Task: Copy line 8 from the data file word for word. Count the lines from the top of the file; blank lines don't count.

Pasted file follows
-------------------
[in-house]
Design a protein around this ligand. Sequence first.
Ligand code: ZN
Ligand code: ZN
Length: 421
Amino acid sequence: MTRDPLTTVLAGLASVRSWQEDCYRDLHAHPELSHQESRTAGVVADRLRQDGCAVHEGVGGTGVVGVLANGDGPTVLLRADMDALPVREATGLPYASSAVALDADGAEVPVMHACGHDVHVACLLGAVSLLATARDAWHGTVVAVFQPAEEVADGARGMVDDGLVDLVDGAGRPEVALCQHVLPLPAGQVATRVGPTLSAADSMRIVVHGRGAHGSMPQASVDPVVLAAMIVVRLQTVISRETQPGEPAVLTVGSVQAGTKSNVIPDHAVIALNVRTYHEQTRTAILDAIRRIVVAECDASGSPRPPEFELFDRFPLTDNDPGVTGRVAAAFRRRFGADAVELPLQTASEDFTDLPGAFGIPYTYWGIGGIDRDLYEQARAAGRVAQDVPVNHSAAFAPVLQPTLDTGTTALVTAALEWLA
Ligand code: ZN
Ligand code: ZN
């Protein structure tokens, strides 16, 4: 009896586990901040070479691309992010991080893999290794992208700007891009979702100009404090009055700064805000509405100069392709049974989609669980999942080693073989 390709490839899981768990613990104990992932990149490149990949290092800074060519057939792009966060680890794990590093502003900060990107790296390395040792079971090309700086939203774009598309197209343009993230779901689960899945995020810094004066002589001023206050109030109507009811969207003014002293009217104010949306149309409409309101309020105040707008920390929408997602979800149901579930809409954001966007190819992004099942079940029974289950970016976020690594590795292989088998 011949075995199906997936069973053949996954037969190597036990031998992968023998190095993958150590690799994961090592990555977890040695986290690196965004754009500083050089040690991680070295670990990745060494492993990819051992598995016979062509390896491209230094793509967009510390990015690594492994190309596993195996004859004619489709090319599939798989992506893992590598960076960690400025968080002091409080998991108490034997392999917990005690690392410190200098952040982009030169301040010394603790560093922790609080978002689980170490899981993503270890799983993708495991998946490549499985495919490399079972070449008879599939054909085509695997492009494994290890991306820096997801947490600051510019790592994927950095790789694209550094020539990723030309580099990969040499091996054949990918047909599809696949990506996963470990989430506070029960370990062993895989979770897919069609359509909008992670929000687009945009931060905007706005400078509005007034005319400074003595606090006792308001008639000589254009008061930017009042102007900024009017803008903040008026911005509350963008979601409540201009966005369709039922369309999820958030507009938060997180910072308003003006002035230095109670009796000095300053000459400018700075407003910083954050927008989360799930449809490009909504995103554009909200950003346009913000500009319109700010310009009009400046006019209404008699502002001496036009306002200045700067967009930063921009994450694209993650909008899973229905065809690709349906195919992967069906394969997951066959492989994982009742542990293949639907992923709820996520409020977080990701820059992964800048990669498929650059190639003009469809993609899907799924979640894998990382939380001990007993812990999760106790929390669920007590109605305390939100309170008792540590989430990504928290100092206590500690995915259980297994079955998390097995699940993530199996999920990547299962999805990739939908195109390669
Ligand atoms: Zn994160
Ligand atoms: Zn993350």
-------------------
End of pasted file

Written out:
Ligand code: ZN